The Continuation of Orientalism and the Hypersexualization of Eastern Women

10 Dec

Orientalism is not a new phenomenon. Unfortunately, it is not an old phenomenon either. Orientalism in music and other forms of art can be dated to the early 17th century and continues to infiltrate popular music today. 1McClary, S. (1992). Images of race, class and gender in nineteenth-century French culture. In Georges Bizet: Carmen (pp. 29–43). Cambridge University Press. This paper will explore how orientalism manifests in Western pop culture, particularly maintaining that the Orient continues to be invoked for an exotic, hypersexualized aesthetic that simultaneously works to subjugate and fetishize Eastern women while demonizing the Greater Middle East.

As a disclaimer, I will analyze songs that take from both the Arab world and Southeast Asia, but I will not fundamentally distinguish between the two because Orientalism conflates the “Orient” into one mysterious and exotic space. The point is that it doesn’t matter what the country of origin is, the countries belonging to the East are collapsed into a single stereotype, and thus, the songs themselves support delocalized ideas of dance and sexuality through the inclusion of exotic sounds, dress, and behavior.

The following songs include Western female singers who appropriate Eastern sounds and an Oriental backdrop to market themselves as exotic, feminine, and sexy. This is concerning because it reduces Eastern femininity down to one selling point: sex. It perpetuates the view of Eastern women as objects of male desire and vulnerable to exploitation and plunder.

How does this occur? Let’s begin.

Selena Gomez released her single “Come and Get It” in 2013. Selena’s song samples “Soske Angleder Na Cinavgan Mancar,” released by Jevat Star, an Indian singer and music producer, in 2013.  The song features an Indian tabla drum throughout, as well as hypnotic singing and chanting, melismatic singing, and abrupt juxtapositions of romantic lyrical tunes and energetic passages to invoke images of the East and an exotic femininity. The use of the tabla drum and chanting is indicative of a trance-inducing ritual, which stands in opposition to goal-oriented Western composition. The abrupt juxtapositions of romantic lyrical tunes with busy, energetic passages imply both sensuality yet chaos, a trope often used to describe the East and its women as seen in Mcclary’s reading and is evidenced by Carmen’s character. Carmen is deeply in touch with her sexuality and she is abound with sexual intrigue, making every man fall at her feet. Yet, in comparison to her Western counterparts, she is unpredictable and can’t be tamed. Selena utilizes these juxtapositions to tell the exact same story, she lures her listeners in with slower, soft passages and then incites them with a busy, fast chorus. She portrays herself as sultry and seductive whilst simultaneously evoking a wild, untamed spirit.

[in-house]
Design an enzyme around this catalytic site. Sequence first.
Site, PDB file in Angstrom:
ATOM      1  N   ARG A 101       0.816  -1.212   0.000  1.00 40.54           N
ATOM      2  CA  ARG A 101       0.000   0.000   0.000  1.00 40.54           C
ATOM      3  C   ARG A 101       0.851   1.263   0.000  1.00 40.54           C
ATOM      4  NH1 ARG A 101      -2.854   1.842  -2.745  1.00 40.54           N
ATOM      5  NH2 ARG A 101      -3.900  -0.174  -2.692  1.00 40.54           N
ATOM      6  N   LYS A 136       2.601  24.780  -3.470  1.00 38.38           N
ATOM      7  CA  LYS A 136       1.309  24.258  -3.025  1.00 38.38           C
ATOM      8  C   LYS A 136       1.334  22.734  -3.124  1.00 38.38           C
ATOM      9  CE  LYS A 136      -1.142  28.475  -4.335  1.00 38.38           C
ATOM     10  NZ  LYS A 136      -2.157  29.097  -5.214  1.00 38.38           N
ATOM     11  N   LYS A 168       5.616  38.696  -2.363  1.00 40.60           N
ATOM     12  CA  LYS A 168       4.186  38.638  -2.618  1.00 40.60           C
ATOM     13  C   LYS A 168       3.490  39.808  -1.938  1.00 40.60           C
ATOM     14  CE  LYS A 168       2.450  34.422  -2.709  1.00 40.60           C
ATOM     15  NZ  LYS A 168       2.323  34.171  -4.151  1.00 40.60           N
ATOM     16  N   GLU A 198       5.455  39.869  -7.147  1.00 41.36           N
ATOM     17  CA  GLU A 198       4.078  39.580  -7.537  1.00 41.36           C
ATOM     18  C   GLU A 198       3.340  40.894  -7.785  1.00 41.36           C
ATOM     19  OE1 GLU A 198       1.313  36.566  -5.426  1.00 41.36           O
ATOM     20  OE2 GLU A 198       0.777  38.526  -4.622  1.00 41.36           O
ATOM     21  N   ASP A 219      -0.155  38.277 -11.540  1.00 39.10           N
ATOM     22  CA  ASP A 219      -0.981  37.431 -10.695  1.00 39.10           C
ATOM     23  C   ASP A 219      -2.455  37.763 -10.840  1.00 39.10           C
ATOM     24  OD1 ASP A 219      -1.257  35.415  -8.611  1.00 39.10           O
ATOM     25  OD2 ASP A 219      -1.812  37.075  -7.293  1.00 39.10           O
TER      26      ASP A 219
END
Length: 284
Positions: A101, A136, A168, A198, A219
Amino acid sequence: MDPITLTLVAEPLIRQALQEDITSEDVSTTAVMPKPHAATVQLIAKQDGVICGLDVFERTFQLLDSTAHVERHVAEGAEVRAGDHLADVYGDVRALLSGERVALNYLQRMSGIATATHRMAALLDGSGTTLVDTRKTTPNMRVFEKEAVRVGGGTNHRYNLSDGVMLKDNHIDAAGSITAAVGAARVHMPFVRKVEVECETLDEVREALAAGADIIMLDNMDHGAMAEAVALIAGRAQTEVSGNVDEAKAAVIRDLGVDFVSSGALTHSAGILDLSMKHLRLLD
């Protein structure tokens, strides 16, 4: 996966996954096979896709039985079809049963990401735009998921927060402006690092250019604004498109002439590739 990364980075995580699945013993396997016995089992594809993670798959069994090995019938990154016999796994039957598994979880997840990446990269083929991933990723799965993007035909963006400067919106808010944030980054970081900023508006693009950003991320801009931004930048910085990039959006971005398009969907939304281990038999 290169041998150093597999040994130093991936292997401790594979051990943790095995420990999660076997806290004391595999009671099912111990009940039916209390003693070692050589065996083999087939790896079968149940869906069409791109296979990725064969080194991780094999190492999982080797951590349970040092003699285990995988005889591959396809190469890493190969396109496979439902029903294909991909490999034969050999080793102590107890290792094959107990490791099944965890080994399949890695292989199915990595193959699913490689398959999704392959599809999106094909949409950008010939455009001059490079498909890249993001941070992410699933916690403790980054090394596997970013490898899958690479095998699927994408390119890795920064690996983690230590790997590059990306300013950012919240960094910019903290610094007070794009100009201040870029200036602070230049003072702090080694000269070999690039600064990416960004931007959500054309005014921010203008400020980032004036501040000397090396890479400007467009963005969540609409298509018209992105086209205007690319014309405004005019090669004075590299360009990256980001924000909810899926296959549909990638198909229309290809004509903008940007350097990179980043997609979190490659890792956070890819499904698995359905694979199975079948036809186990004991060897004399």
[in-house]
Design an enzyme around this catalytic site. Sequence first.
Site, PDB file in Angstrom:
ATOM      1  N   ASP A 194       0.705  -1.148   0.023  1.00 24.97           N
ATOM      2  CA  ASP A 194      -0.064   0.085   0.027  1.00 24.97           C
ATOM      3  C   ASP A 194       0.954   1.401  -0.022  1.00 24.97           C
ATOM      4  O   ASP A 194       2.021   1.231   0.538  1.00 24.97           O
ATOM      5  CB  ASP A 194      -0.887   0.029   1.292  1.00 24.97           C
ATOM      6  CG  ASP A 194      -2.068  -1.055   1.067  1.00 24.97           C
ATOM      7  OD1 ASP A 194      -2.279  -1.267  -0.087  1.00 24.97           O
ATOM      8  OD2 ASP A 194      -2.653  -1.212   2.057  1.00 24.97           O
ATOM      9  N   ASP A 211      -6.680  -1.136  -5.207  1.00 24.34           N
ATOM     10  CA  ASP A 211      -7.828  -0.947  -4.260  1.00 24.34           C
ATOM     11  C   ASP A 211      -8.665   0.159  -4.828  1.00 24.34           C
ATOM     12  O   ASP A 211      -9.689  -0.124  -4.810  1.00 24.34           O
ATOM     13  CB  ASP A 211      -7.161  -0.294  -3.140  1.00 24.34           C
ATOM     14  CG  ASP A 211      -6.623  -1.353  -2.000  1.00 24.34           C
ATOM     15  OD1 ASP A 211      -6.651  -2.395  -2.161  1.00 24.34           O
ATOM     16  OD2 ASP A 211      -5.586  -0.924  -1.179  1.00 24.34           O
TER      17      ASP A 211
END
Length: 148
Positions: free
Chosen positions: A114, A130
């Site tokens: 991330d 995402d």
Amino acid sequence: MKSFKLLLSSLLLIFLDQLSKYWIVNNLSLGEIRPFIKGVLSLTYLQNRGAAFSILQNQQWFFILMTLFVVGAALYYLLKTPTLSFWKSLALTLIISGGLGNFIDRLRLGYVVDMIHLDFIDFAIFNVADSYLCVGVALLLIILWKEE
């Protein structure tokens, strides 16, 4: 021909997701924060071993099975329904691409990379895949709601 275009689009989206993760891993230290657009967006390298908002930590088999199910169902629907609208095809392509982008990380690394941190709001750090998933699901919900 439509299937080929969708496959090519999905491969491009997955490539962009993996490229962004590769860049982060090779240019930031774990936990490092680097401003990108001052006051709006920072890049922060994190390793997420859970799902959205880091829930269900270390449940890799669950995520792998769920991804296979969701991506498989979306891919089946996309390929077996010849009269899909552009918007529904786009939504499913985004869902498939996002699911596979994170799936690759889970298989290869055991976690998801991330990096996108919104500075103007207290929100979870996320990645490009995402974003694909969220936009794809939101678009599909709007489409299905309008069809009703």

The melismatic singing creates tension and adds to that sense of seduction. Melismatic singing dwells on one syllable as many notes are sung. This creates a longer period of tension before resolution. This also serves as a strong contrast to goal-oriented Western music. 2Pinson, Dovber. 2010. “Kabbalistic Music: The Kabbalistic perspective transcends Eastern and Western arts. Chabad. This feature adds to the idea that Eastern femininity is seductive, intoxicating, and leads to the loss of self as the listener loses themselves in the song.

The rhythmic drums and chanting also push for this concept and make Selena’s sexuality more overt. Bangla drumming and chanting suggest primitivity, which adds to the idea that Selena possesses a mature, yet deeply wild, beckoning sexuality that dares to be tamed.

Finally, the hypnotic background vocals push this idea of an exoticized other who is bewitching and unconstrained by society because they’re in an unintelligible language and sound mesmerizing yet mysterious. All of these musical indicators, along with the visual cues, work together to create an overtly sexual, mystifying sexuality that is associated with eastern women.

The music video also incorporates stereotypical images of the Orient by incorporating clips of barely clothed women dancing in the desert.

Finally, it should be noted that this was Selena’s first solo song (she previously released music with Selena Gomez & the Scene, a pop band that catered to pre-teens). 3Trust, Gary. 2017. Ask Billboard: Selena Gomez’s Career Album & Song Sales. Billboard. This is notable because Selena chose an Oriental sound and image to appear more mature and thus, break away from her previous image as a demure Disney Channel artist. This shows that an Orientalist and hypersexualized attitude towards the sounds of the Other continues to exist. The musical allusions incorporated in Selena’s song are inseparable from metaphors in the Western conscience that objectify and sexualize non-Western women.

Selena is not the only singer who is guilty of exploiting Eastern culture in a manner that is consistent with orientalism. Beyonce has a long history of Orientalism that predates her solo career.

Beautiful Liar is a more obvious example of orientalism, however, Naughty Girl upon close analysis is just as guilty.

Steven Feld, in his work Music Grooves, critically analyzed “world music” a genre that is defined as being separate from the music of Europe and North America. Feld explores the concept of schizophonia, particularly studying the implications of removing sounds from their original contexts. An example of schizophonia can be heard in Beyoncé’s “Naughty Girl,” released in 2003, in which one can hear a distinctive flute melody playing on a Middle Eastern scale. This often sounds foreign to Western audiences. Juxtaposed with Beyonce’s breathy tone and sexually explicit lyrics, the music transports one into a fantastical and alluring world. The creative layering of vocals provides us with an almost aural harem, adding to the mystical world in which “Naughty Girl” exists.